I will also note that tying the bitter end to hardpoints on the sides of the boom is generally considered a discouraged approach among die-hard cruisers since the attachment point is almost by necessity weaker than wrapping around the boom, creates a torsional loading that increases wear at the gooseneck, will result in more chafe at the hardpoint, and creates a protruding hard edge more likely to injure someone in an accidental contact than might occur with an impact of the flat of the boom. If a hard point is desired, it is generally considered preferable to have it on the bottom of the boom, and to still tie the bitter end around the boom passing it through the hardpoint to keep it from shifting positions, I will also note that I have sailed on a number of boats with Selden rigs and that is generally how they have been set up (tied around the boom but passing through the hardpoint).

Respectfully,
Jeff
 
  • Like
Reactions: SanderO

·
Registered
Contest 36s
Joined
·
7,793 Posts
As a point of clarification, I will note that I believe that the original post and most of the posts above are talking about the clew reef line set up. The 'bowlines' described above are how the bitter end of the reef clew line is tied to the boom. Per your post above, in your case you are making that tie to the hardpoint on the side of your boom.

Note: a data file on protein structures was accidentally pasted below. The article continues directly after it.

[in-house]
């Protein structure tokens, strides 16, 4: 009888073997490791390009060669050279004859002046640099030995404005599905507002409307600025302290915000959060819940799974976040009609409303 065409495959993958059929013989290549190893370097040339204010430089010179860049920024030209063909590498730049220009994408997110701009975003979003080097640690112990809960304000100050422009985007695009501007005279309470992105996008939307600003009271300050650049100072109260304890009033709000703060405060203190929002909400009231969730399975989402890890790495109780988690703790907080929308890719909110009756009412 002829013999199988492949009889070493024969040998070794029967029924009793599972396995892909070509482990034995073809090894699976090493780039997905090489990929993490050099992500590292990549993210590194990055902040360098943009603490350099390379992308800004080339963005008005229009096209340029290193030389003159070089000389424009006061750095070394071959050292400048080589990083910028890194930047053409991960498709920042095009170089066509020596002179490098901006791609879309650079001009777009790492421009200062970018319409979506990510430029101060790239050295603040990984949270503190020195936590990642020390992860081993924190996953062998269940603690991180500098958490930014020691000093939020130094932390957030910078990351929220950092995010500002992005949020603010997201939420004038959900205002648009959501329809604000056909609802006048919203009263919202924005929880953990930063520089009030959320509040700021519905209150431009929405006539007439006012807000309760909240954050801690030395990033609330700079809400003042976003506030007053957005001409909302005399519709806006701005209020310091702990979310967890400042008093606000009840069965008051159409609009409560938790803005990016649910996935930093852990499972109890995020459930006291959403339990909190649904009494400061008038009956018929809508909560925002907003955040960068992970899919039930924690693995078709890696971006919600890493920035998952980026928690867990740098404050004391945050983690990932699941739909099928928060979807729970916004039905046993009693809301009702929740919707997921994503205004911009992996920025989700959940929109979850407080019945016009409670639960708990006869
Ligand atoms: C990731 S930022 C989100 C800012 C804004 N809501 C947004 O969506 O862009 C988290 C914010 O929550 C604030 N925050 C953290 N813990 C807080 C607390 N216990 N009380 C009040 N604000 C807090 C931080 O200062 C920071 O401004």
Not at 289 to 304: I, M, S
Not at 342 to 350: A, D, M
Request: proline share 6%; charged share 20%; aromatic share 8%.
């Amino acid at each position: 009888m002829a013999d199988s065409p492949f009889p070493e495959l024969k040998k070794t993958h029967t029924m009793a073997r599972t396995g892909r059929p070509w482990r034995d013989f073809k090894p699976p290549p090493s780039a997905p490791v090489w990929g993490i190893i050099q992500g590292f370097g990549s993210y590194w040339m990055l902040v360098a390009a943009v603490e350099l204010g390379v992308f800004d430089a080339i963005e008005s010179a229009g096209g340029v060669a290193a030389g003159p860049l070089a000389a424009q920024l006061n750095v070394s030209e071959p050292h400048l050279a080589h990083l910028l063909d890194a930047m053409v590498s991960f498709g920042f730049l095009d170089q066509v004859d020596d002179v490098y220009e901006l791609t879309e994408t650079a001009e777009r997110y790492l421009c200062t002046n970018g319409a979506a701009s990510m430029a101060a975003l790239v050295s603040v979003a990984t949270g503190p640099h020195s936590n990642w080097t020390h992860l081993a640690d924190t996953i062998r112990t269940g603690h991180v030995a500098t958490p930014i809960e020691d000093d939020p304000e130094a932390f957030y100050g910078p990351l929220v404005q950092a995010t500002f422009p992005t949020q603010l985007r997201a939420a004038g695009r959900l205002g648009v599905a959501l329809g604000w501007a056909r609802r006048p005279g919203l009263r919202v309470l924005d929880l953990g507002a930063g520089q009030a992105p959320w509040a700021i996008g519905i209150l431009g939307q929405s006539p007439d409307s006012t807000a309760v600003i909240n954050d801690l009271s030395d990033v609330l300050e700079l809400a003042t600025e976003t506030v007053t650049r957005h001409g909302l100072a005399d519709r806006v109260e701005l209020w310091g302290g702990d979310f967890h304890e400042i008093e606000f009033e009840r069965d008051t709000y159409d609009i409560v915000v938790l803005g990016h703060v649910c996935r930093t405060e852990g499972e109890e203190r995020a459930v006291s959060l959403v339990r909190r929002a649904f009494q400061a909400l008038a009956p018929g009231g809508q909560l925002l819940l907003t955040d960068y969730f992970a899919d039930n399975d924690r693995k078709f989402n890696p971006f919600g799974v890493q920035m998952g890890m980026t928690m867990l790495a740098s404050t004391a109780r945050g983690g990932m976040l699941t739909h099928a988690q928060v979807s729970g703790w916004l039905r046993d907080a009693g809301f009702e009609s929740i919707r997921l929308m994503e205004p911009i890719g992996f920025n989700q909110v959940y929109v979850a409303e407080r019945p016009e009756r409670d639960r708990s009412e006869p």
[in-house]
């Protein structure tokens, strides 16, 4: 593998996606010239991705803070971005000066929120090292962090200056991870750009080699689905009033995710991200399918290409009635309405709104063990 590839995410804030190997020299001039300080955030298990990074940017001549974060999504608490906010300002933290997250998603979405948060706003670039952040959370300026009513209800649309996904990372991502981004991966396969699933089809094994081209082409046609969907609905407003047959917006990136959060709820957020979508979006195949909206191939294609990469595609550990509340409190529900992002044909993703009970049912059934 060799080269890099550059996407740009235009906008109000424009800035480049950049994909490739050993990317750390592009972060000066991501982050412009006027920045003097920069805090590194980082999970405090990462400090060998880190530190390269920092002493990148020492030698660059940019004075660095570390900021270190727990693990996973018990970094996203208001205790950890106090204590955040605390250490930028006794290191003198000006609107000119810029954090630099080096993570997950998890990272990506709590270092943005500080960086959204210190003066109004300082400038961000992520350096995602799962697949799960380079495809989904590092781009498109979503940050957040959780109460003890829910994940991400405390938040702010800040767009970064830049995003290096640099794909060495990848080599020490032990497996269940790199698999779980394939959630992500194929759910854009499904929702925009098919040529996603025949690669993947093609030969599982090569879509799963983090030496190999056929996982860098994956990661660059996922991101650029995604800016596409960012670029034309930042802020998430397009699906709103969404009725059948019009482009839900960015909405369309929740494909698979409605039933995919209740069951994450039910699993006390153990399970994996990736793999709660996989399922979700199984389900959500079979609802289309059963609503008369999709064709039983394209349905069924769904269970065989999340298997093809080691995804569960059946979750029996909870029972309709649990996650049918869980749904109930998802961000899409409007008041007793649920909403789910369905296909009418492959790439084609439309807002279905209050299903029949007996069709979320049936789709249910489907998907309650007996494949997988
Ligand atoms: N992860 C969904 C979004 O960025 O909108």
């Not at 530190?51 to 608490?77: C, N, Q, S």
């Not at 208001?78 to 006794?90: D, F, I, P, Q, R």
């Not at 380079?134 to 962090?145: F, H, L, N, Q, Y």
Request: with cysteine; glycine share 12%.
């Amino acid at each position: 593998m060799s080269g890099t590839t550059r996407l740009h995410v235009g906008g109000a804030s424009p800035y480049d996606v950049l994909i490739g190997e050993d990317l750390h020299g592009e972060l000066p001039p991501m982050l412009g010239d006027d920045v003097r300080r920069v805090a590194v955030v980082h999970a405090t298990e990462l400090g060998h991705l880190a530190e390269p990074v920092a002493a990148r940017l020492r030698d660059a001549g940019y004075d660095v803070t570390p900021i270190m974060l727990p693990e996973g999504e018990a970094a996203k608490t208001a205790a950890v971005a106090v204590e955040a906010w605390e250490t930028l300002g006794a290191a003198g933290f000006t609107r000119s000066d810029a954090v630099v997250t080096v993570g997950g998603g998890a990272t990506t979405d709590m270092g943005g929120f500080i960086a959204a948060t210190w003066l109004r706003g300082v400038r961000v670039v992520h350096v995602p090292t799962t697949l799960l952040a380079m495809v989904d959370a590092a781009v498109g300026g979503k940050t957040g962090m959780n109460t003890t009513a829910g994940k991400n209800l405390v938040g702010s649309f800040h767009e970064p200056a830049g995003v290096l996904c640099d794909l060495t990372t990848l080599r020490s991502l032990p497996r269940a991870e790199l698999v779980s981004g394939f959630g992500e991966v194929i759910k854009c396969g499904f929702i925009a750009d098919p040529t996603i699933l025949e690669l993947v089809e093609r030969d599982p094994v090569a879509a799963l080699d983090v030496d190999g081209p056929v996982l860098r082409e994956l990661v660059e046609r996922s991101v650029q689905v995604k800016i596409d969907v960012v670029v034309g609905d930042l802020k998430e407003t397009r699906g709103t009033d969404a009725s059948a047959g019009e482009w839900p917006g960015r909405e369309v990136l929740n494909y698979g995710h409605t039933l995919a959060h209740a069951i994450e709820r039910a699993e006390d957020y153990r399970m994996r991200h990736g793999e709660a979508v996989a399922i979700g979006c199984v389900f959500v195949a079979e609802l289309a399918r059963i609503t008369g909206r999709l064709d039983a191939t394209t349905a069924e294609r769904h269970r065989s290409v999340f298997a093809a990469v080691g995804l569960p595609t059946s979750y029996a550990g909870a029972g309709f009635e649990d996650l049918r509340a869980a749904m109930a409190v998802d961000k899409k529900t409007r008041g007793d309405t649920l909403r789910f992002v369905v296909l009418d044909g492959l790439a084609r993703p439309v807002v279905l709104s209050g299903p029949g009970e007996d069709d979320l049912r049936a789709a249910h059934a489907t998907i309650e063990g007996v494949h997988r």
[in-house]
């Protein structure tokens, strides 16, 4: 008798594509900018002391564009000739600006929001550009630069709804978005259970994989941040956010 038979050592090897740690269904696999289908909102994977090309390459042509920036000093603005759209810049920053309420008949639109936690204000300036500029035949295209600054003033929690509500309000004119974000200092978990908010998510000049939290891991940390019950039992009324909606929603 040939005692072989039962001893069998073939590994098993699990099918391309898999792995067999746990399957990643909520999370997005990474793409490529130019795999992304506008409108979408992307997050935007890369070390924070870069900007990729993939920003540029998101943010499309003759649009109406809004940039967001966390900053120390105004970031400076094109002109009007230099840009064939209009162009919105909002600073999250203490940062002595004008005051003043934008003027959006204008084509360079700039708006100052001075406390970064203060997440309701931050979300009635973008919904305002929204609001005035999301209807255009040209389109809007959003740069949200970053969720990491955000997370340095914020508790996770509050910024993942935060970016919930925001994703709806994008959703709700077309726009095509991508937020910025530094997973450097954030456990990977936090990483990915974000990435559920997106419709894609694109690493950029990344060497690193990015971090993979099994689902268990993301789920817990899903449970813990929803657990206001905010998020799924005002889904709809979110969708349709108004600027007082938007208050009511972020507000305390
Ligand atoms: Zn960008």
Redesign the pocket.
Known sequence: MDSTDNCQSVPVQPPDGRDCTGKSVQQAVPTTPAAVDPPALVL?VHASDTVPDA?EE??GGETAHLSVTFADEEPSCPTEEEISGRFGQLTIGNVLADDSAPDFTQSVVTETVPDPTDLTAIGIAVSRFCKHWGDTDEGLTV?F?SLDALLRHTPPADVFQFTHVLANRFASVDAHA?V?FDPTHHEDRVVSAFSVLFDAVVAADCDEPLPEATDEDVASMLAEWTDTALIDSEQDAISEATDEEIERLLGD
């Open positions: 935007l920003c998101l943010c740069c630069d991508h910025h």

Speaking generally, whether the bitter end of the clew reef line is tied to a hardpoint on the boom, tied around the boom so it can slide, or is tied around the boom and through a hardpoint so it can't slide should not impact whether the clew reef line can be set up to adjust from the cockpit or at the mast end of the boom. Whether or not the line is run back to the cockpit is more dependent on the boat owner's personal preference and the geometry of the boat in question.

Over the years there has been some very comprehensive discussions about the merits of reefing from the cockpit vs. at the mast. In those discussions, various skippers made a case why they believed one or the other seems compelling to them. Obviously this is a discussion where one side's or the other's mileage may vary. There is no universally 100% correct and no 100% wrong test answer on this question.

I will also note that tying the bitter end to hardpoints on the sides of the boom is generally considered a discouraged approach among die-hard cruisers since the attachment point is almost by necessity weaker than wrapping around the boom, creates a torsional loading that increases wear at the gooseneck, will result in more chafe at the hardpoint, and creates a protruding hard edge more likely to injure someone in an accidental contact than might occur with an impact of the flat of the boom. If a hard point is desired, it is generally considered preferable to have it on the bottom of the boom, and to still tie the bitter end around the boom passing it through the hardpoint to keep it from shifting positions, I will also note that I have sailed on a number of boats with Selden rigs and that is generally how they have been set up (tied around the boom but passing through the hardpoint).